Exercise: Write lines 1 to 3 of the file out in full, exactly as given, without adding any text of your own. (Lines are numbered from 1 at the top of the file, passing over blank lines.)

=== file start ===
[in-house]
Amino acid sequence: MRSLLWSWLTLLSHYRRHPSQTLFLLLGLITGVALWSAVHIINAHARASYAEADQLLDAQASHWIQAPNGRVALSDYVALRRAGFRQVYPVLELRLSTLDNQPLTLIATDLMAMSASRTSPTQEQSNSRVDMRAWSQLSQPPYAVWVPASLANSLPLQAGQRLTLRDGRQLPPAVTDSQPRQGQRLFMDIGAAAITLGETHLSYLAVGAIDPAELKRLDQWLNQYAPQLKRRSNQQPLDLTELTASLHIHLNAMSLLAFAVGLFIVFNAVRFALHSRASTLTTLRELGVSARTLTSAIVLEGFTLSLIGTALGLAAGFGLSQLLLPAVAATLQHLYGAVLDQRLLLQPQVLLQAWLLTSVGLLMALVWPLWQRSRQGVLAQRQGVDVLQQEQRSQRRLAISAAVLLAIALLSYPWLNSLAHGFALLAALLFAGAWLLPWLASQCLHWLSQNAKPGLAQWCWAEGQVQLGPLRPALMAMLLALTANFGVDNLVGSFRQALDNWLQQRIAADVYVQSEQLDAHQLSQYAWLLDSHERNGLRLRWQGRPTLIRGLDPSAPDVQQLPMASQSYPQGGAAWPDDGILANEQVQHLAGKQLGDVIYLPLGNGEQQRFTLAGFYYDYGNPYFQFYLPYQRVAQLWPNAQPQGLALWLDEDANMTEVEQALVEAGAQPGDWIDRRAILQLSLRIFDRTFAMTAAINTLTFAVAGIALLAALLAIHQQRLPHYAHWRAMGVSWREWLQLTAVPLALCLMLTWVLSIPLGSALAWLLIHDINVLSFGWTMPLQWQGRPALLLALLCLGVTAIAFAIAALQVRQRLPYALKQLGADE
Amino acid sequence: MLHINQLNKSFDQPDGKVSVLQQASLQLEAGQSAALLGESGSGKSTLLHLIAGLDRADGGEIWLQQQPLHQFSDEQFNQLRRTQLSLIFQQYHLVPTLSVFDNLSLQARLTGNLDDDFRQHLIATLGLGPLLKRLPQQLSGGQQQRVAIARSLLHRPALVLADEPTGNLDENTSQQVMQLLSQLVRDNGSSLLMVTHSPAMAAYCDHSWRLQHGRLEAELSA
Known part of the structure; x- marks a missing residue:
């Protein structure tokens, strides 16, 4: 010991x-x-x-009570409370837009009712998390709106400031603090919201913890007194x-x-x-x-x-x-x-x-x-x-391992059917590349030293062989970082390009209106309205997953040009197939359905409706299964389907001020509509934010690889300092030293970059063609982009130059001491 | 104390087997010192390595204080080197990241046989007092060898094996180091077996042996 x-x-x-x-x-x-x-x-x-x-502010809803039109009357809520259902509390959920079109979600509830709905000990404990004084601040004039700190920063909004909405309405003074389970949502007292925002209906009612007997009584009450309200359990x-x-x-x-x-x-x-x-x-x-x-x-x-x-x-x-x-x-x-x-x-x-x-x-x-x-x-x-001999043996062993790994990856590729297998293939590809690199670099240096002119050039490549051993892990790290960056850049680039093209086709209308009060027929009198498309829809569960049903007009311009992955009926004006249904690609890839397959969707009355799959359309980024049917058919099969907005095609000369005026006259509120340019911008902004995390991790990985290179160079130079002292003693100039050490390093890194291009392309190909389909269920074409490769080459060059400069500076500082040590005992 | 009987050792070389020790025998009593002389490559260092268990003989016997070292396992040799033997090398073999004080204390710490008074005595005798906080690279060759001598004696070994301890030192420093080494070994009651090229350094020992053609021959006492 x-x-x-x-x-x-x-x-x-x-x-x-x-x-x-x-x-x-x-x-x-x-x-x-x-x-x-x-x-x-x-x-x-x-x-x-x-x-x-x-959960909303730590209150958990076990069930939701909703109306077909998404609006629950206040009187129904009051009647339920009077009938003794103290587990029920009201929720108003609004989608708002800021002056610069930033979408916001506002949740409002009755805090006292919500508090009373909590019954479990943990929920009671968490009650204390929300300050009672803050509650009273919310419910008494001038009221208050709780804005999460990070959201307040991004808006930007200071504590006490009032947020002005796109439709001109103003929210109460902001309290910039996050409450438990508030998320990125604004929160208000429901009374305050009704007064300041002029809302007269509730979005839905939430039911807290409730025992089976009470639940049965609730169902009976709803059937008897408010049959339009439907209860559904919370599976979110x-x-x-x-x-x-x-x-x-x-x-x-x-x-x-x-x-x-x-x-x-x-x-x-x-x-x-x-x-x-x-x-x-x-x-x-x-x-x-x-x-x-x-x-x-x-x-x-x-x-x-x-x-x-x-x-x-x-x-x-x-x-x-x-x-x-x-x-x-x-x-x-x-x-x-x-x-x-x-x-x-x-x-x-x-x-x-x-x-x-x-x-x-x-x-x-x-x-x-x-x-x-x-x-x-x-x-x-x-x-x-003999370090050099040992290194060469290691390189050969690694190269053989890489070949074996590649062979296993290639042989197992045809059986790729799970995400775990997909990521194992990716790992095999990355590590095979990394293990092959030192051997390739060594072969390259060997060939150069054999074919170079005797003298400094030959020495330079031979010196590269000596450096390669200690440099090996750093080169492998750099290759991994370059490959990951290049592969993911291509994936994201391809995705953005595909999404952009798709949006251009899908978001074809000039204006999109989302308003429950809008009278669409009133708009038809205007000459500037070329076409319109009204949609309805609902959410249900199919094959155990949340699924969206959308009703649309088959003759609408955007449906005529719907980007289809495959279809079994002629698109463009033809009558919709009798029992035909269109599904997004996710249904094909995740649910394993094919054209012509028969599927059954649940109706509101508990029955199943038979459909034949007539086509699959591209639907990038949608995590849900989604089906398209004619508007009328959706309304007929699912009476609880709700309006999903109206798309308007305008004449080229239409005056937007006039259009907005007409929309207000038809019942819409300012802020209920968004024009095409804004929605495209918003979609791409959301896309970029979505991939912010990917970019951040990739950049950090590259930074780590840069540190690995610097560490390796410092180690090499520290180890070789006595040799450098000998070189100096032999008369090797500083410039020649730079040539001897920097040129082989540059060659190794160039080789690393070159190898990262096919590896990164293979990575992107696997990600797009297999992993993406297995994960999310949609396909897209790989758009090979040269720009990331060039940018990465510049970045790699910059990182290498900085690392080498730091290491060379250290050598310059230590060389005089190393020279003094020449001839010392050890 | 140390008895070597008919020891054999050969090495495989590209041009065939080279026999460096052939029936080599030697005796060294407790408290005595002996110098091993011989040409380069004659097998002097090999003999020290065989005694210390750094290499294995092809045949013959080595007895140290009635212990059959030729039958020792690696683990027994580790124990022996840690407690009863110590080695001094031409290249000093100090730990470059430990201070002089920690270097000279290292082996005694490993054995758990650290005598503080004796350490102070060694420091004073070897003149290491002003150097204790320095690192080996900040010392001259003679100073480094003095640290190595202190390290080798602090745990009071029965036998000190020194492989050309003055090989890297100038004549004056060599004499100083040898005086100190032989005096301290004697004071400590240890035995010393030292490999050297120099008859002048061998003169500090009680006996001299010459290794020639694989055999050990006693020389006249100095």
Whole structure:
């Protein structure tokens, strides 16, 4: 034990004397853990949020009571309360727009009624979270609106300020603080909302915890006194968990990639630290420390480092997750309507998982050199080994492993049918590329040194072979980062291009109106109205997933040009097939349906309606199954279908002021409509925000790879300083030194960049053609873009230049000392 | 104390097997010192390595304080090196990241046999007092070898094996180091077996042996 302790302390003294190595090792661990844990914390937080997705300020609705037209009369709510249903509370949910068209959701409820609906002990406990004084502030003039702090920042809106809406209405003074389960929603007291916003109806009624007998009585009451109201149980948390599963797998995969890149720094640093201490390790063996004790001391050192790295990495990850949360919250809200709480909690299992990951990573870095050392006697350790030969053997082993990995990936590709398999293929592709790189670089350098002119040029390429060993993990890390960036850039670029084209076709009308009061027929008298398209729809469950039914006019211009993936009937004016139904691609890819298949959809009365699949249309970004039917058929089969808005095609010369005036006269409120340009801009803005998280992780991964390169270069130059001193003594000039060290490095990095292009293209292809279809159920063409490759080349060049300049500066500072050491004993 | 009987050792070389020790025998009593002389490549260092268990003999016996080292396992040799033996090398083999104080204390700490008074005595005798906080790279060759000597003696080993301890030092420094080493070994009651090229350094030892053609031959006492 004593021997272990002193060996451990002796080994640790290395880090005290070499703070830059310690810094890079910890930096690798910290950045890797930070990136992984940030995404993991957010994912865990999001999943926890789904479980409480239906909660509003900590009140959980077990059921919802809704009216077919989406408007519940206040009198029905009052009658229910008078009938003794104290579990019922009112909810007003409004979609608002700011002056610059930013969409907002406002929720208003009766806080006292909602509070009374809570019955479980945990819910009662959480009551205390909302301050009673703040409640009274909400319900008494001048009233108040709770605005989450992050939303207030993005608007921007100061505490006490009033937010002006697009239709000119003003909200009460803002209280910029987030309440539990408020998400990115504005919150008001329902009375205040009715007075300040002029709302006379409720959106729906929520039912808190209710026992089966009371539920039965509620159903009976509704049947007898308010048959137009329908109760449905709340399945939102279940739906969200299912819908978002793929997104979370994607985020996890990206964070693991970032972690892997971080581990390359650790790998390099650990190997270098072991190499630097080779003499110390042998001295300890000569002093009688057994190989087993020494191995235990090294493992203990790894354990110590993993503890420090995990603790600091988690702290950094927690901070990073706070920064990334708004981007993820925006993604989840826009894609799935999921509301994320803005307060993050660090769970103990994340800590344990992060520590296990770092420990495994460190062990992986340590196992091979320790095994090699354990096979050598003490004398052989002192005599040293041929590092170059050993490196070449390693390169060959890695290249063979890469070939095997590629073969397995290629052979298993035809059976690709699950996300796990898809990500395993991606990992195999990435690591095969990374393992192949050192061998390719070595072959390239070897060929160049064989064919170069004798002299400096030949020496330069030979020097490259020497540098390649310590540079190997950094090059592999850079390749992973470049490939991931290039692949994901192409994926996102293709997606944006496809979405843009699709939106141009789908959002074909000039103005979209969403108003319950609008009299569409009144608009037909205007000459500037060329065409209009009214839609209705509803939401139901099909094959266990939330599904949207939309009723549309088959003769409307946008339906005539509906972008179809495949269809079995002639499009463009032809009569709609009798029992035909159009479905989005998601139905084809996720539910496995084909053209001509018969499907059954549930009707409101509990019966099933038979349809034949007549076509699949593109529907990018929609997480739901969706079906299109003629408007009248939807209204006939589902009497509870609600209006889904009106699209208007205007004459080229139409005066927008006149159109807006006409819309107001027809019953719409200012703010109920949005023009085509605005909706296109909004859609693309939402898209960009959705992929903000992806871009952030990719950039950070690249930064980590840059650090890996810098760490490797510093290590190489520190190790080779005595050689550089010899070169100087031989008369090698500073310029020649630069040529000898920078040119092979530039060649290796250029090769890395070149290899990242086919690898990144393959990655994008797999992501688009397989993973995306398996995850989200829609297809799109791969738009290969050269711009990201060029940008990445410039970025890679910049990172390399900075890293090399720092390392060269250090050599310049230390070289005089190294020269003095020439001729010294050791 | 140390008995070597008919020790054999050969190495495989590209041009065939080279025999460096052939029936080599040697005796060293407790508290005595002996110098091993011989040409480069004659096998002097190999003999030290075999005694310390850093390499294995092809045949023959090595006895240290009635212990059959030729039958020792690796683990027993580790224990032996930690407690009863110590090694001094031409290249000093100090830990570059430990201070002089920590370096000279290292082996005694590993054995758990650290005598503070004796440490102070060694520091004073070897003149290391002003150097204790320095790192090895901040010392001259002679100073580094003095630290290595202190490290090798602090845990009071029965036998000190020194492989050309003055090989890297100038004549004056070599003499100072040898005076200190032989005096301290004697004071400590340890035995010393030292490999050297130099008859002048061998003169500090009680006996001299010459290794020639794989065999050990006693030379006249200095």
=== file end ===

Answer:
[in-house]
Amino acid sequence: MRSLLWSWLTLLSHYRRHPSQTLFLLLGLITGVALWSAVHIINAHARASYAEADQLLDAQASHWIQAPNGRVALSDYVALRRAGFRQVYPVLELRLSTLDNQPLTLIATDLMAMSASRTSPTQEQSNSRVDMRAWSQLSQPPYAVWVPASLANSLPLQAGQRLTLRDGRQLPPAVTDSQPRQGQRLFMDIGAAAITLGETHLSYLAVGAIDPAELKRLDQWLNQYAPQLKRRSNQQPLDLTELTASLHIHLNAMSLLAFAVGLFIVFNAVRFALHSRASTLTTLRELGVSARTLTSAIVLEGFTLSLIGTALGLAAGFGLSQLLLPAVAATLQHLYGAVLDQRLLLQPQVLLQAWLLTSVGLLMALVWPLWQRSRQGVLAQRQGVDVLQQEQRSQRRLAISAAVLLAIALLSYPWLNSLAHGFALLAALLFAGAWLLPWLASQCLHWLSQNAKPGLAQWCWAEGQVQLGPLRPALMAMLLALTANFGVDNLVGSFRQALDNWLQQRIAADVYVQSEQLDAHQLSQYAWLLDSHERNGLRLRWQGRPTLIRGLDPSAPDVQQLPMASQSYPQGGAAWPDDGILANEQVQHLAGKQLGDVIYLPLGNGEQQRFTLAGFYYDYGNPYFQFYLPYQRVAQLWPNAQPQGLALWLDEDANMTEVEQALVEAGAQPGDWIDRRAILQLSLRIFDRTFAMTAAINTLTFAVAGIALLAALLAIHQQRLPHYAHWRAMGVSWREWLQLTAVPLALCLMLTWVLSIPLGSALAWLLIHDINVLSFGWTMPLQWQGRPALLLALLCLGVTAIAFAIAALQVRQRLPYALKQLGADE
Amino acid sequence: MLHINQLNKSFDQPDGKVSVLQQASLQLEAGQSAALLGESGSGKSTLLHLIAGLDRADGGEIWLQQQPLHQFSDEQFNQLRRTQLSLIFQQYHLVPTLSVFDNLSLQARLTGNLDDDFRQHLIATLGLGPLLKRLPQQLSGGQQQRVAIARSLLHRPALVLADEPTGNLDENTSQQVMQLLSQLVRDNGSSLLMVTHSPAMAAYCDHSWRLQHGRLEAELSA